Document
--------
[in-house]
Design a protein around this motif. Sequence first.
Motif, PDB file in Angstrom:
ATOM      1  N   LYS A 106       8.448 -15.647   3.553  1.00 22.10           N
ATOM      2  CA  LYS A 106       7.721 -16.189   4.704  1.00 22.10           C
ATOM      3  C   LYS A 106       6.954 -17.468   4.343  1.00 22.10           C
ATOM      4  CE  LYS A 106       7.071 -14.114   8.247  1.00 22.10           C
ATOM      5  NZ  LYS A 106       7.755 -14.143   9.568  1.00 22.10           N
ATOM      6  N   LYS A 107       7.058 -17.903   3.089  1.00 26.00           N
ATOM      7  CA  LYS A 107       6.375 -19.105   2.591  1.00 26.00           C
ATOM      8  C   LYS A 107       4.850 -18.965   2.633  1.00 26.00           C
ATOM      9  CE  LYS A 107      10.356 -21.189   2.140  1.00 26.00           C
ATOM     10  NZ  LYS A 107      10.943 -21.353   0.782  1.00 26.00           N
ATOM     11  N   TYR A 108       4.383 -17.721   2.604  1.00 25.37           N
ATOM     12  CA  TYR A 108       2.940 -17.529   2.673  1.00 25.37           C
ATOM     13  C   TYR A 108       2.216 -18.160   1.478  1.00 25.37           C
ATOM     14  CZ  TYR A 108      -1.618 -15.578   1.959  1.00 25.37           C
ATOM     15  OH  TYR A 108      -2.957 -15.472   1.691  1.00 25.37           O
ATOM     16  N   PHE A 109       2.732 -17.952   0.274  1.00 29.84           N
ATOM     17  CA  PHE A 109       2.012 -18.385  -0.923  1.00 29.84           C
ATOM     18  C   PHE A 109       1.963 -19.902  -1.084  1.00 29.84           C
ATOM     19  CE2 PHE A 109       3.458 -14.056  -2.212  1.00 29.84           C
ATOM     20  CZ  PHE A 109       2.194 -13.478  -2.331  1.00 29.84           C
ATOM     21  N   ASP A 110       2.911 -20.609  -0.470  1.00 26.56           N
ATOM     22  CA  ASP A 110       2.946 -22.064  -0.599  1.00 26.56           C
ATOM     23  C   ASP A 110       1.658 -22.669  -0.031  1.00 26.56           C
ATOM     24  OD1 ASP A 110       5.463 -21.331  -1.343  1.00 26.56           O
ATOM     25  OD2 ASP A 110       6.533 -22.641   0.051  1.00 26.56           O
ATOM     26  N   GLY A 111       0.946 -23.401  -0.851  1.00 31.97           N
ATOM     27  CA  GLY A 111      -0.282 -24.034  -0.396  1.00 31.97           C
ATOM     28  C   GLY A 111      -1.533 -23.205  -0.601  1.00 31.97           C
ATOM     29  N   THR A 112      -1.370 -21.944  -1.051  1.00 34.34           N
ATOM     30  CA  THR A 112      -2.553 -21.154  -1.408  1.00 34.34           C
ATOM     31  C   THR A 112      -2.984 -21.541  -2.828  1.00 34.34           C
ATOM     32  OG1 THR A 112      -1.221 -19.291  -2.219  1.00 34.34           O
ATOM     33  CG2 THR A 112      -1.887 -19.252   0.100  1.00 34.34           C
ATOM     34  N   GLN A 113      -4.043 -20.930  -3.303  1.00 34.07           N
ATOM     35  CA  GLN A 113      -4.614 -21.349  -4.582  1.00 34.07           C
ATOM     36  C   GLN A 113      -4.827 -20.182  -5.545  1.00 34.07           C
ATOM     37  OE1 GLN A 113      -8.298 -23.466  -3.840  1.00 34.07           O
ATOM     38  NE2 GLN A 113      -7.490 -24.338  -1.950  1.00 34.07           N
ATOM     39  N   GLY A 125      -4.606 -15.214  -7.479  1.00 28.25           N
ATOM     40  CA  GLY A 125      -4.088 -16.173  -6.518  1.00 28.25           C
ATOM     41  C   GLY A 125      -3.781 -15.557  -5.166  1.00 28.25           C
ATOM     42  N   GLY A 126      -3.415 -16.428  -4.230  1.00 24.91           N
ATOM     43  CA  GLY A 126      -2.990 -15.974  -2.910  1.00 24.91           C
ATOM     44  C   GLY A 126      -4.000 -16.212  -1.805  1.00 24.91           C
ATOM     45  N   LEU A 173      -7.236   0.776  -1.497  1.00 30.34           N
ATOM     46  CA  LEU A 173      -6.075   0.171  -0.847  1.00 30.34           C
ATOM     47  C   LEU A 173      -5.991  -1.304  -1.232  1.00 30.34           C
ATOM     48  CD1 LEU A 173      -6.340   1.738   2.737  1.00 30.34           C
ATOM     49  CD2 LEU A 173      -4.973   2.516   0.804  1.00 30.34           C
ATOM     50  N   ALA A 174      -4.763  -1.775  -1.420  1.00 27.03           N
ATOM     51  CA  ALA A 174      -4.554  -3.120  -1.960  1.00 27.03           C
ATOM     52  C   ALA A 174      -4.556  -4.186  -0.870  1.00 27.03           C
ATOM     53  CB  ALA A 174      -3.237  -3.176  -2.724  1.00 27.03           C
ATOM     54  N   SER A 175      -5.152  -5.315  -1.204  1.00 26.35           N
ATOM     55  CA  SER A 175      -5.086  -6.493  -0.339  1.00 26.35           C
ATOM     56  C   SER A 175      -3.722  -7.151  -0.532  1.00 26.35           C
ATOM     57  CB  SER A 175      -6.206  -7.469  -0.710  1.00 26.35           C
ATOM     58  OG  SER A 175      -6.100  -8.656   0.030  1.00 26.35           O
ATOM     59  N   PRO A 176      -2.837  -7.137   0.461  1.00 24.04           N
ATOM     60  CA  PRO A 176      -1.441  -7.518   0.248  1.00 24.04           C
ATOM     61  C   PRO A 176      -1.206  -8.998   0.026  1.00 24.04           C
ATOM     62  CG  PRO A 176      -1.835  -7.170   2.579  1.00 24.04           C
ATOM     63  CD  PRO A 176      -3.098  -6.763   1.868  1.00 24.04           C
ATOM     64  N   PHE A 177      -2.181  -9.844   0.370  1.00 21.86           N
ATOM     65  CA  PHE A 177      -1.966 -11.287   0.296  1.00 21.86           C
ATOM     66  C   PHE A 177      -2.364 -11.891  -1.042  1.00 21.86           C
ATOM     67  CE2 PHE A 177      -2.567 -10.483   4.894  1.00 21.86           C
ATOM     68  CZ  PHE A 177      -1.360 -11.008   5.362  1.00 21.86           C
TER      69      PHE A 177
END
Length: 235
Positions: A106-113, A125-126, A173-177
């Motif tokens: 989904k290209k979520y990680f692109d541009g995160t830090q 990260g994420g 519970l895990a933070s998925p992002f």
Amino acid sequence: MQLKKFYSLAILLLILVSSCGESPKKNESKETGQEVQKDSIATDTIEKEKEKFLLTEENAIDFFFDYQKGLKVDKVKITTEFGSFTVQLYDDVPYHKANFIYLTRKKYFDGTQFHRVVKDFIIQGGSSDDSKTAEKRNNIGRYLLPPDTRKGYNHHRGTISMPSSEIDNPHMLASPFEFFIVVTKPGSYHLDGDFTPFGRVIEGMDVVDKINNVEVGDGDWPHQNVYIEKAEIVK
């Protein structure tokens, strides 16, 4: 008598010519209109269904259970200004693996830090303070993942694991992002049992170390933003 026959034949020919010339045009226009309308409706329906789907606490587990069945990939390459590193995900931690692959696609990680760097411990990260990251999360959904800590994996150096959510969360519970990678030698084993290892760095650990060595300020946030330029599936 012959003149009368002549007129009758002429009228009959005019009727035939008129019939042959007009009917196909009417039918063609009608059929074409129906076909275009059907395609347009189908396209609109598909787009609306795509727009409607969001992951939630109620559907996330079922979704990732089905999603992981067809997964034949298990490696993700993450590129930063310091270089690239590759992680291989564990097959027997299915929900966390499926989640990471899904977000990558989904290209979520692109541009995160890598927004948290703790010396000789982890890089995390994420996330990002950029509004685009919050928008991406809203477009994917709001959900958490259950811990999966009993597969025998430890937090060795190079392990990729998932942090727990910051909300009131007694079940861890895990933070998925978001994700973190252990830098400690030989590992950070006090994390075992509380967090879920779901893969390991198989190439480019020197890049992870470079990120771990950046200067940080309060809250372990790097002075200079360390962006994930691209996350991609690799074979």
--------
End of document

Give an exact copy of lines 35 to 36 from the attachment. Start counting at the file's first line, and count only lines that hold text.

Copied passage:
ATOM     32  OG1 THR A 112      -1.221 -19.291  -2.219  1.00 34.34           O
ATOM     33  CG2 THR A 112      -1.887 -19.252   0.100  1.00 34.34           C